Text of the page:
The planets are generally inhabited by humans because they are part of the Federation's Empire. It's not unreasonable to assume that such an empire would start in Britain - after all, the British are historically the world's experts when it comes to empires. And it's not unreasonable to suppose that humans would settle on Earth-like planets, with temperate climates. Just like in Britain.

The implausible part of all this is the teleport. It's a bit like the Star Trek one - the crew teleport to and from remote locations by standing in a special device that beams their atoms around like radio waves. In Blake's Seven they have to wear teleport bracelets, which also have communicators on them.

I'd imagine that if scientists ever perfect teleport technology (and they are working on it), you'd have to beam from one teleport machine to another, a bit like sending a fax. The idea that you'd want to send your atoms to some random location seems a little dodgy. For starters, how do they get reassembled at their location without another machine? How do you make sure that you end up standing on something, such as the ground or a floor, rather than ending up in mid-air? And it gets worse. How do you avoid teleporting into someone's bathroom, or some other potentially embarrassing situation?

The other problem that the Blake's Seven lot have is getting themselves teleported back up in an emergency or embarrassing situation. They have to radio back to the Liberator, and then someone has to be ready by the teleport controls. This is fine in theory, but usually there's some problem on the ship which means that the crew are somehow unable to do this. Until the last minute, of course. So why don't their magic teleport bracelets have a "Shit! Beam me back up now!" button?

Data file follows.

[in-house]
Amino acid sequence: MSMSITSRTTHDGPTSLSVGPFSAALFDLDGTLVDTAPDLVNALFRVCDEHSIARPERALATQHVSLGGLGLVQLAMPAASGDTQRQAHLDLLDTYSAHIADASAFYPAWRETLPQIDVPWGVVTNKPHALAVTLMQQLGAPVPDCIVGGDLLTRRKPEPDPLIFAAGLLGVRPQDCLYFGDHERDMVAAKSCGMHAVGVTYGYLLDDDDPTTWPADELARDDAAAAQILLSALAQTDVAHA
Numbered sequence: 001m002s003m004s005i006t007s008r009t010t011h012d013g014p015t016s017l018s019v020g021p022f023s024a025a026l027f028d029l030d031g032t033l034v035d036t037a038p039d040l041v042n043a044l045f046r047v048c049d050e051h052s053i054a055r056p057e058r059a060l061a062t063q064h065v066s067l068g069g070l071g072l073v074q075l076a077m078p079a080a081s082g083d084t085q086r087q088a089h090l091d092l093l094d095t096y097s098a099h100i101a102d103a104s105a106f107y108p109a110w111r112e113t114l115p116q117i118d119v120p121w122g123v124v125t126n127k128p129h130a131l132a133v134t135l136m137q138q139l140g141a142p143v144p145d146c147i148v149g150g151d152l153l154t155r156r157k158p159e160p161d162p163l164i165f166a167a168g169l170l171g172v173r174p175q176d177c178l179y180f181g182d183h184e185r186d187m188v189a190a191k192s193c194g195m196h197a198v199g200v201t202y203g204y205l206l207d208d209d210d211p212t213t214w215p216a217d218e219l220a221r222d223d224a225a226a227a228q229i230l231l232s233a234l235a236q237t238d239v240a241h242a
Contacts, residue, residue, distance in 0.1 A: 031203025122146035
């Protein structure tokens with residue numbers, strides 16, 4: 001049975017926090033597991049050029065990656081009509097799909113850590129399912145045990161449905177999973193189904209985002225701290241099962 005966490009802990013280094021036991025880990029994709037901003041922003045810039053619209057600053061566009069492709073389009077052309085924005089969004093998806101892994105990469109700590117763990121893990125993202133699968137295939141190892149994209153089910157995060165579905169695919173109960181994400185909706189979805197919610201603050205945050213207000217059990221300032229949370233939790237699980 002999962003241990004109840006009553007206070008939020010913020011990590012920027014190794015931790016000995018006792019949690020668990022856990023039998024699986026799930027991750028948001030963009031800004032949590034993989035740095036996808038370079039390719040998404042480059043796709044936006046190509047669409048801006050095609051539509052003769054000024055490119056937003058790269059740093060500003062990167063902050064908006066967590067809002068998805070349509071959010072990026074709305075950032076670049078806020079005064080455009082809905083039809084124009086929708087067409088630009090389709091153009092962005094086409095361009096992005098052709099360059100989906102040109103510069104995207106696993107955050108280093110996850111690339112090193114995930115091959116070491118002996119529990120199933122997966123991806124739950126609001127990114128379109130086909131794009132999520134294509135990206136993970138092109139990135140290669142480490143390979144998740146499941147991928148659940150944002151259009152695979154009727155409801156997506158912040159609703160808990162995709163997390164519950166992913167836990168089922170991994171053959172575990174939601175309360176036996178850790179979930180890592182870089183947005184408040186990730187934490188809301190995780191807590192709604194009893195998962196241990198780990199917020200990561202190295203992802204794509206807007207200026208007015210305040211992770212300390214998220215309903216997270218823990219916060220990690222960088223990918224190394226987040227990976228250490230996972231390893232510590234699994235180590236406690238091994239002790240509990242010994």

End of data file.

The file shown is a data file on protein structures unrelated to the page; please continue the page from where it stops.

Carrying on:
Anyway, if you'll excuse me, it's time for me to teleport back to reality and get something to eat. I hope you had a good weekend.

Saturday, 2 October 2010

Driven to Drink

I haven't posted in a while, because I was too busy dying. Which I think you'll agree is a reasonable excuse. Or is it?

I tend to worry about my health, especially when anything happens that I can't explain. I don't visit doctors very often, but when I do, it's usually because I'm afraid that The End is in sight. I realise that this is irrational - after all, if I really am that far gone, they probably won't be able to do anything for me. Nevertheless, rationality does not play much of a part in my health worries.

I have been living a slightly healthier lifestyle after discovering that my blood pressure was too high. I've been walking more (though still probably not enough), and drinking quite a bit less. This all went out of the window when I started getting various aches and pains.

A quick look on Wikipedia confirmed my worst fears - it was almost certainly something major and life-threatening. So I started to get worried. I started to go through my DVD collection to work out which ones I needed to watch first, and which ones might be better viewed through a morphine-induced haze near The End (I'm saving the remake of The Taking of Pelham 123 till last, having twice failed to get past the first 10 minutes). Staying at home reading blogs just made me more aware of my aches, so I went to the pub more.

When I finally got round to booking an appointment with the doctor, he was very reassuring. It was nothing major. I should avoid doing any heavy lifting, and stop worrying. However, he did take two armfuls of blood for a range of tests just in case. You might think I'm exaggerating, but they started on my right arm and it dried up before they had enough. Why can't the NHS be more like Star Trek where they just wave a whirring scanner over you?

The nurses' uniforms are better, too

My brush with death still wasn't over. I was told I'd have to go back to the doctor because some of the tests had failed. Or passed, or whatever. I arranged for a doctor to phone (it was a Friday), but I managed to miss the call. I spent the weekend nervously sorting through my DVDs.

I went in on Monday. "I hear you've got some bad news", I said. "I wouldn't say that. Have you been drinking too much recently?", was his reply. "Well, actually, yes." He told me to drink less and go back to have another armful of blood checked out in a few weeks time.

So, reassured, I'm back to my more temperate ways - ODing on lemon juice rather than alcohol, and just going to the pub once or twice a week. Hopefully the next blood test will reflect this.

However, during my brief period of daily drinking, the pub had a Jack Daniels promotion. I've never really liked JD, but you could win all sorts of great prizes, allegedly to celebrate Mr Daniel's birthday. I was only after a T-shirt, but I had to get through several doubles to achieve this, winning badges and a hat along the way.